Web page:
because sometimes my synapses actually connect, and a coherent thought results...

12 March 2008

a feel-not-so-good movie

Last night, I went to a screening of a Swedish documentary film called The Planet, presented at the Cleveland International Film Festival courtesy of Great Lakes Brewing. All I can say is, see this movie if you are able. It is a sobering look at the sorry state of our planet, in a "just the facts" style that strips away any controversy, partisanship, or hidden agendas, relying instead on numbers to make its arguments.

The audience last night was disappointingly small, and some of the commentary I heard afterward indicated that some folks clearly missed the point, but these are the same people for whom a life-changing decision involves who to vote for on American Idol. Oh well, as was mentioned in the film itself, denial of extremely bad news is a common defense mechanism.

This not to say that the film is perfect by any means. While it opens with a montage of African landscapes that then turn the camera 180 degrees and expose how overrun by human society some of these supposed "pristine" landscapes have become, some of the montages could have been snipped a few seconds sooner. The pacing was a bit slow. Also, the soundtrack, composed mostly of techno/ambient backbeat loops intermingled with context-specific sounds and looped audio bites from some of the interview subjects, was very effective, but sometimes heavy-handed.

Count the "Symphony for Jackhammer, Mason's Chisel, and Concrete Slurry" :-) that underlined a segment on urban development among the more effective pieces, while the sampling of the phrase "killer instinct" from an Indian TV hostess talking about the growth of consumptive society in her country was repeated a few too many times. The repetition of this stupid git's words, combined with her vapid expression, left me wanting to put a bullet in her head by its end. On second thought, maybe that segment did exactly what it was supposed to.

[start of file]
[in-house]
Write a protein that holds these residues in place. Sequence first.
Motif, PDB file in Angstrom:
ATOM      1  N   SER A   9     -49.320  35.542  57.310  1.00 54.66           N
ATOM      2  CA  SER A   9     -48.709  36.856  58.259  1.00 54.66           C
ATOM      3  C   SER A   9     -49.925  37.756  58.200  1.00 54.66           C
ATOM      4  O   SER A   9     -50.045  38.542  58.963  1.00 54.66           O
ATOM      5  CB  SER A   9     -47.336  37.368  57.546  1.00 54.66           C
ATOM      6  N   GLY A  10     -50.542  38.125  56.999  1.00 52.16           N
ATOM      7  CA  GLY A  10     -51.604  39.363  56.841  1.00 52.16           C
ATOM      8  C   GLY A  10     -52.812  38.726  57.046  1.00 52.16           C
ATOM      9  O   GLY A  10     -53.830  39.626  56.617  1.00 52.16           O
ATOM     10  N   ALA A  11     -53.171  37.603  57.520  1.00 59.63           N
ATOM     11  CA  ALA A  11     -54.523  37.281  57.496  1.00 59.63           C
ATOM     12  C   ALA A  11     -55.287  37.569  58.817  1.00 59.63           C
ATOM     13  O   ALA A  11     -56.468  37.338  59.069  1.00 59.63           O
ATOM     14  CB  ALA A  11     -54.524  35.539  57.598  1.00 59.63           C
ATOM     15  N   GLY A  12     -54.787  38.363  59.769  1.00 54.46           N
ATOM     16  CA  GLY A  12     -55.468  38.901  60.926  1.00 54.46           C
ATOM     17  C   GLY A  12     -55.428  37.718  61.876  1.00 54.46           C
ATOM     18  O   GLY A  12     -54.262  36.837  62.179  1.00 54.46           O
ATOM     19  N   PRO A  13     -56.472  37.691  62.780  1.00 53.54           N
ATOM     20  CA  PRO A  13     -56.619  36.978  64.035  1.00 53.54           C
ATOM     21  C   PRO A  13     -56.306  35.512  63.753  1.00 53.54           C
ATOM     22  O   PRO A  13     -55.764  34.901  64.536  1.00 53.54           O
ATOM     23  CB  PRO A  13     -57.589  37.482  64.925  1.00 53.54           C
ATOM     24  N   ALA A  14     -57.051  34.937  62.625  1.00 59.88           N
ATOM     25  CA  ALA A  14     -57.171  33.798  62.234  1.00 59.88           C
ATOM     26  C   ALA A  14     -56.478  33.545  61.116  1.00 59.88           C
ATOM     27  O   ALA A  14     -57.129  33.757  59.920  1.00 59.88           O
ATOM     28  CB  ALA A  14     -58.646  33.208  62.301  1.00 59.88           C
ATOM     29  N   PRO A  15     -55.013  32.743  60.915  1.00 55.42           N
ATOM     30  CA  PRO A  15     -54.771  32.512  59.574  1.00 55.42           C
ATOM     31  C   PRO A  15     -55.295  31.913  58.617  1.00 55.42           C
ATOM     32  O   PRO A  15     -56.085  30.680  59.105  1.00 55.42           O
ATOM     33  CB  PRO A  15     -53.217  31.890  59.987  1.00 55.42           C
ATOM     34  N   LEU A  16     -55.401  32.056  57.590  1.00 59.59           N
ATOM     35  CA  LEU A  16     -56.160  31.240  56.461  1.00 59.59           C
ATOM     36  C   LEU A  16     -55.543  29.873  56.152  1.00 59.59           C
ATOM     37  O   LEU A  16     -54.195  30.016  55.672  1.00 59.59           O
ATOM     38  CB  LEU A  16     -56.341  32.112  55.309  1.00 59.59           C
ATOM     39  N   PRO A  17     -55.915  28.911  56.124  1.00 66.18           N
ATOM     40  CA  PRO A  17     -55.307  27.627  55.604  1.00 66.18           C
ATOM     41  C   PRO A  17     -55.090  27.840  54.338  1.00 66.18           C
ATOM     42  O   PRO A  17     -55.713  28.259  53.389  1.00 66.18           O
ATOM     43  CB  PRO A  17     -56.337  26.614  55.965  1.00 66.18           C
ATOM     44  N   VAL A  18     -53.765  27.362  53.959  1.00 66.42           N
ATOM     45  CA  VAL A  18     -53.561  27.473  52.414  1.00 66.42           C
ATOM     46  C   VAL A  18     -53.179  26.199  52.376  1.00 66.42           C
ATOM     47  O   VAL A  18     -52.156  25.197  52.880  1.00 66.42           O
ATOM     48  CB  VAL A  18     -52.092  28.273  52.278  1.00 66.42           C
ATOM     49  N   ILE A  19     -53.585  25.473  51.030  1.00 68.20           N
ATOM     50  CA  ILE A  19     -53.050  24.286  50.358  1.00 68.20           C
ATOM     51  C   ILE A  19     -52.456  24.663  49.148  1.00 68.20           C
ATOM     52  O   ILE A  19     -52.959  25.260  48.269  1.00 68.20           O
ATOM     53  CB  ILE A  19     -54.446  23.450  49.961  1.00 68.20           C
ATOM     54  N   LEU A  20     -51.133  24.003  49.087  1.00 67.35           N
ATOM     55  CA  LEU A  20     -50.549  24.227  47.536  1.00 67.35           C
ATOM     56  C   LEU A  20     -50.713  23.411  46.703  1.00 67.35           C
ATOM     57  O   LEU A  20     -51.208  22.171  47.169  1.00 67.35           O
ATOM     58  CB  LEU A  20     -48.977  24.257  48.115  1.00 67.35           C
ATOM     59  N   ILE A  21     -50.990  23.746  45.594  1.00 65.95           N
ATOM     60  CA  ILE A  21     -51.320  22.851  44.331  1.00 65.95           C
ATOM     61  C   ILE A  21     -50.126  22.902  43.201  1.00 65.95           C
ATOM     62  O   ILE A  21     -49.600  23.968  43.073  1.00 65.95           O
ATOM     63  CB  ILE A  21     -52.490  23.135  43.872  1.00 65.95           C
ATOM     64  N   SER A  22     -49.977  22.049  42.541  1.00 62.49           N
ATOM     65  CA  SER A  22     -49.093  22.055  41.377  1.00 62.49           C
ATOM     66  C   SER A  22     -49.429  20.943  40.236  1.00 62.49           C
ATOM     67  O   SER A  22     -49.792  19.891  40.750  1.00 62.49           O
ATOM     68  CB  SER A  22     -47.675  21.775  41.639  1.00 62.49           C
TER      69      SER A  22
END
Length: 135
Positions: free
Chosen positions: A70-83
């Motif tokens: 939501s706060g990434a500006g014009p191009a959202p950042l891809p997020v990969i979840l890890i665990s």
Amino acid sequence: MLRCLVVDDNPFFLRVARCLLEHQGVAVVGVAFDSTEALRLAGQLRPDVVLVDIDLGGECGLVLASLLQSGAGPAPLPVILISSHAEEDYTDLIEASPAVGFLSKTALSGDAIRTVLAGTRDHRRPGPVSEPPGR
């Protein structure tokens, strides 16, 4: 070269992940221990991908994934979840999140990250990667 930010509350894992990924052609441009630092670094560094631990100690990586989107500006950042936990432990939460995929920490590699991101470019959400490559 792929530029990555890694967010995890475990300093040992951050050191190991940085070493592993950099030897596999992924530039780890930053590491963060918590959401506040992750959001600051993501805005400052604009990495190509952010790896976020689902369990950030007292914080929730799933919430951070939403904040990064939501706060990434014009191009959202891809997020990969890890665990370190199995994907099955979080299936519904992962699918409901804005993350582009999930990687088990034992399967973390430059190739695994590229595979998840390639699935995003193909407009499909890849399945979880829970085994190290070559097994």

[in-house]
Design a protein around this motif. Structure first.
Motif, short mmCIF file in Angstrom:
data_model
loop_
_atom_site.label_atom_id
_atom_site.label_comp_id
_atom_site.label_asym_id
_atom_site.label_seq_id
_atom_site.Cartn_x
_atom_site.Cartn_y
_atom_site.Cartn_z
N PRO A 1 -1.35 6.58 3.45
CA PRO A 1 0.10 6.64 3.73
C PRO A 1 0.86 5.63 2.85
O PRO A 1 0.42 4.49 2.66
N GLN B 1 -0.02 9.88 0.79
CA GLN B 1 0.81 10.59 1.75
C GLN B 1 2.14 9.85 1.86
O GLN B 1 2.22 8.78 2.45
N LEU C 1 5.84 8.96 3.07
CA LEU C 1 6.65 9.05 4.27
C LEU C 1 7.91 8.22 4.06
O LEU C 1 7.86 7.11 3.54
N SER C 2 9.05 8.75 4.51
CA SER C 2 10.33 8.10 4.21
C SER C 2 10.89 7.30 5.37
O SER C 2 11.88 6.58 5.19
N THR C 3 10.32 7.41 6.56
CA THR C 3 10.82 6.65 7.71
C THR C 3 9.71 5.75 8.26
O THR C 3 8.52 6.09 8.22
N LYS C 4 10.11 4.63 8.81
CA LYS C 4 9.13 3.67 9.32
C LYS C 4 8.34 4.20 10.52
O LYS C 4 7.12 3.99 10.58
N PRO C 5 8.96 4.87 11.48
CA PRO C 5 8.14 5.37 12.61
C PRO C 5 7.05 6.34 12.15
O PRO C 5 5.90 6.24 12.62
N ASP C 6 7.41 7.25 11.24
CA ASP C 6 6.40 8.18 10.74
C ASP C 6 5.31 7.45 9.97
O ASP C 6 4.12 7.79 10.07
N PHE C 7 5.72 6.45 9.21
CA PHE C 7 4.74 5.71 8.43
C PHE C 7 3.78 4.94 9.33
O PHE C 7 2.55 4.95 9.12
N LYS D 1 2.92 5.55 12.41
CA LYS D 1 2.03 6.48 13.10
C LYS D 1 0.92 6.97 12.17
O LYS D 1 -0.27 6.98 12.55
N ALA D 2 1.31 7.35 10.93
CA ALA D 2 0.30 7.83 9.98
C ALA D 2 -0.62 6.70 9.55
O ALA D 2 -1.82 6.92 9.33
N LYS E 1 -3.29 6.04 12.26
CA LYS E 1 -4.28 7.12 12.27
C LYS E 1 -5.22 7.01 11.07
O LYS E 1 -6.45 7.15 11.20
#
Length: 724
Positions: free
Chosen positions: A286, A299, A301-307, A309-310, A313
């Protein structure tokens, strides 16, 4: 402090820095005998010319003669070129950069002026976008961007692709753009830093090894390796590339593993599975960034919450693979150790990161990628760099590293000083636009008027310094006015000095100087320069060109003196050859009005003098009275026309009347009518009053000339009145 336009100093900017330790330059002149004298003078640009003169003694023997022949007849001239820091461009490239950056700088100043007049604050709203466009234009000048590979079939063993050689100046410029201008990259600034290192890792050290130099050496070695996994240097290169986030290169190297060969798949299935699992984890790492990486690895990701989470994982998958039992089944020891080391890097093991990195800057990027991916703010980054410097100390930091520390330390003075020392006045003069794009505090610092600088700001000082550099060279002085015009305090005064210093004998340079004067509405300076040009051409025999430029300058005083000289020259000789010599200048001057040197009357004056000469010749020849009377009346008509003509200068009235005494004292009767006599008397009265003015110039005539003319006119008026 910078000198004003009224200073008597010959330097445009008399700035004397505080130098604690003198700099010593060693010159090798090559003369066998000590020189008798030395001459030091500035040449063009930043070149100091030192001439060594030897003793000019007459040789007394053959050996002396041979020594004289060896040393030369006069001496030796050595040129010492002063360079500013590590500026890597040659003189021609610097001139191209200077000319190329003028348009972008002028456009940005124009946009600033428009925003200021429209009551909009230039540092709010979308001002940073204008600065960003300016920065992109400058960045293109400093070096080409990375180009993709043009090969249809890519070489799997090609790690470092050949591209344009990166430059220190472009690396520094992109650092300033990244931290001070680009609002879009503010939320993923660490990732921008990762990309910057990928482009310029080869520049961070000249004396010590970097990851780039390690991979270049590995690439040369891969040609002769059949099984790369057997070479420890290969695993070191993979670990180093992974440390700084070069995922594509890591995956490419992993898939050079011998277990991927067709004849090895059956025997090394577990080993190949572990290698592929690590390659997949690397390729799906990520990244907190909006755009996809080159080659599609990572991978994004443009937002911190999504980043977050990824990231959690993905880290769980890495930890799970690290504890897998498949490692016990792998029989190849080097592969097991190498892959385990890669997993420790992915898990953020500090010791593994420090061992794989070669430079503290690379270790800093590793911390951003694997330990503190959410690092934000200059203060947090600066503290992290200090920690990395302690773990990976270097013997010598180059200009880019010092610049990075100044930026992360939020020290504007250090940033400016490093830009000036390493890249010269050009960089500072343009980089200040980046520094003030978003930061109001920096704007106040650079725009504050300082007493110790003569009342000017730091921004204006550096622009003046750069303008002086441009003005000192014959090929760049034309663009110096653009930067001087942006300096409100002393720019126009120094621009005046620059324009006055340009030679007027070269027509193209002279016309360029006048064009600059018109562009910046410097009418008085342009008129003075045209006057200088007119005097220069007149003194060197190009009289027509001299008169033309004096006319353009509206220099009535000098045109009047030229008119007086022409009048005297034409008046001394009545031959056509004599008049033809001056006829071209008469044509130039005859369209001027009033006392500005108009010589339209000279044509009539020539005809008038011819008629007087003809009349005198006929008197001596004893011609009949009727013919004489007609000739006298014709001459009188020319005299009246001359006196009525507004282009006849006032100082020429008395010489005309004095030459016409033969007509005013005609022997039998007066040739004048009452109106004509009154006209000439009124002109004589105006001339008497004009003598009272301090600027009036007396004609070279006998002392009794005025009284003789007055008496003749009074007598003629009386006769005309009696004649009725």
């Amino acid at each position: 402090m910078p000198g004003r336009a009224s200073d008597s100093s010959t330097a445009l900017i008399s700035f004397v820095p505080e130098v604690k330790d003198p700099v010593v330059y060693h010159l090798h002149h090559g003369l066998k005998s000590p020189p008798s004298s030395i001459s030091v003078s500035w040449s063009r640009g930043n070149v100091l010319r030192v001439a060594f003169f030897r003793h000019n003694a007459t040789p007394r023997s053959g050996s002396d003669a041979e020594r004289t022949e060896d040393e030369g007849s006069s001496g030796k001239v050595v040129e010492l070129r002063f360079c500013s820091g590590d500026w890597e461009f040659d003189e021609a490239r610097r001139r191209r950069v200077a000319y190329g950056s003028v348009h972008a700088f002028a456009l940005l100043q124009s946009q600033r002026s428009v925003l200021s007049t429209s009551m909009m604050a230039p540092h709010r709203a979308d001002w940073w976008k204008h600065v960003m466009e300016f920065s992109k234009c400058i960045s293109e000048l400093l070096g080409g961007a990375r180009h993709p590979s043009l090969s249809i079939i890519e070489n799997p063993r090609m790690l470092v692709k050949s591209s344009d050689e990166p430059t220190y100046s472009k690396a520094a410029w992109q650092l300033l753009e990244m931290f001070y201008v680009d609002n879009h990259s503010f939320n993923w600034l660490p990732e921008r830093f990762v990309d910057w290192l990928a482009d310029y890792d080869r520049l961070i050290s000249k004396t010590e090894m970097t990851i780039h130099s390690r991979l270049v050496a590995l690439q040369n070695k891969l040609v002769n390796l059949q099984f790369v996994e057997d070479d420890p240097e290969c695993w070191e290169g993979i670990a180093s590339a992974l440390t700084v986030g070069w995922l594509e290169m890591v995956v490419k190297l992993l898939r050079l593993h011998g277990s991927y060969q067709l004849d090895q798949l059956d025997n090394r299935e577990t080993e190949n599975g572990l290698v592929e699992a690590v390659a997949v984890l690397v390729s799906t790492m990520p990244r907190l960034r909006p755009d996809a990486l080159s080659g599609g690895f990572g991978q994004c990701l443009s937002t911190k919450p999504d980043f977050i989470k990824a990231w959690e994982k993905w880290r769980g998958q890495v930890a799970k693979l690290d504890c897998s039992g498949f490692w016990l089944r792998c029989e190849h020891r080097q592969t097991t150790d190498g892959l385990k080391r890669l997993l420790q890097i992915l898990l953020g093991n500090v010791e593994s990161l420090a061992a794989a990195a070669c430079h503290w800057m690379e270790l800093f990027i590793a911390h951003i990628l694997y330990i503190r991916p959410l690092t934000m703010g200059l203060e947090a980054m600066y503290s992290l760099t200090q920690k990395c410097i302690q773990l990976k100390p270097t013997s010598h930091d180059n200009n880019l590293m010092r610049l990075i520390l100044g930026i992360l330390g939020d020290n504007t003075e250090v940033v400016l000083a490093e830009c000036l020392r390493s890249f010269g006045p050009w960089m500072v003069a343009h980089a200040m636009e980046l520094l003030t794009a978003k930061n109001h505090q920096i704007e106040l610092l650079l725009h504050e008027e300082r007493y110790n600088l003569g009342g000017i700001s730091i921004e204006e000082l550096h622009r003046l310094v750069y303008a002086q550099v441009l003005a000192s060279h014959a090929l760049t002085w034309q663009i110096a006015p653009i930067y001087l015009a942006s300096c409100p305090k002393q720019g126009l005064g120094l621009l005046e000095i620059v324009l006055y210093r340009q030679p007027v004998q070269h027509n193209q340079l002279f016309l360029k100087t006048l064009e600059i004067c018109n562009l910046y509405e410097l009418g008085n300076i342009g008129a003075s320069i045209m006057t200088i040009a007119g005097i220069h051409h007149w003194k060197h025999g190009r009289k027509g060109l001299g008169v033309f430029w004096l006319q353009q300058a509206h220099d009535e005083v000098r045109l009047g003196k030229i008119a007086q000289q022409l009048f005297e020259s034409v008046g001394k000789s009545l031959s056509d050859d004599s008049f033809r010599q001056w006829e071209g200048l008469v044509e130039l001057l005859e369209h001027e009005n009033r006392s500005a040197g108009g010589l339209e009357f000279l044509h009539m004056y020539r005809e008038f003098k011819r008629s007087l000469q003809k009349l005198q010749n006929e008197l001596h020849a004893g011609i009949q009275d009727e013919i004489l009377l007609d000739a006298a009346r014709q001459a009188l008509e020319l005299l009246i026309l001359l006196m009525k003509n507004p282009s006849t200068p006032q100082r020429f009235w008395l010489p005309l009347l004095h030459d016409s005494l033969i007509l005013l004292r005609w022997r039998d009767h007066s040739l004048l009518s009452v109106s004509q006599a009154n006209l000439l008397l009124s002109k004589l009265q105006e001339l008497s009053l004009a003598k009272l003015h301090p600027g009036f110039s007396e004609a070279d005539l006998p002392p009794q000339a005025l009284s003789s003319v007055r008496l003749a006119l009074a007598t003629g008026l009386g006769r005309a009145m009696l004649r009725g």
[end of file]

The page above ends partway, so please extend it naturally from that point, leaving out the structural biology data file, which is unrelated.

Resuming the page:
The movie, while long on exposition of the problem(s) (but brief on runtime at under 90 minutes), was unfortunately short on answers. I hazard to think that may be indicative of the world at large, though. We've gotten here, we know we're here -- now what?

11 March 2008

moms are cool...

I know that's a very general statement, and now, here's some proof to the theorem. A week ago last Friday (Feb. 29), I started coming down with a nasty-ass case of what I swore was Stephen King's "superflu" come to life - we're talking congestion bad enough to convince me that Robert Frost had it wrong; the world wouldn't end in fire or ice, but in one giant ball o' mucus.

I was NOT a happy camper, but being the dutiful, though somewhat neglectful, son that I am, I phoned my mom and spoke with her briefly, since I'd not done so in far too long. I wasn't on the phone all that long, because talking wasn't all that easy at that time, and I didn't harp on the fact I was sick, since that's not my style.

On Friday, when I came home, I forgot to check the mail slot on my front porch, and so didn't see the parcel slip until Saturday. By the time I did see it, the "Blizzard of '08" was in full force, so I wasn't able to pick up the package I was told was waiting for me. I left work a little early yesterday so I could make it to the post office before closing, all the while wondering what I was receiving, since I knew I hadn't ordered anything recently.

The mystery turned to pleasant surprise when the parcel was handed over to me, and I saw my mom's distinct handwriting on the addresses. I hurried home, and opened it up with the reckless abandon of a schoolboy on Christmas morning. My mom, immediately after I'd gotten off the phone with her, had taken the time to compose and send a "care package" of instant chicken soup, tea, hot cocoa, honey, Buffalo wing-flavored pretzel nuggets, microwave popcorn, aspirin, and the ultimate "comfort food" -- a package of Double-Stuf Oreos.

It goes without saying that I called to thank her immediately. I don't deserve such a cool mom. Anyone reading this, tell your mom you love her, right now...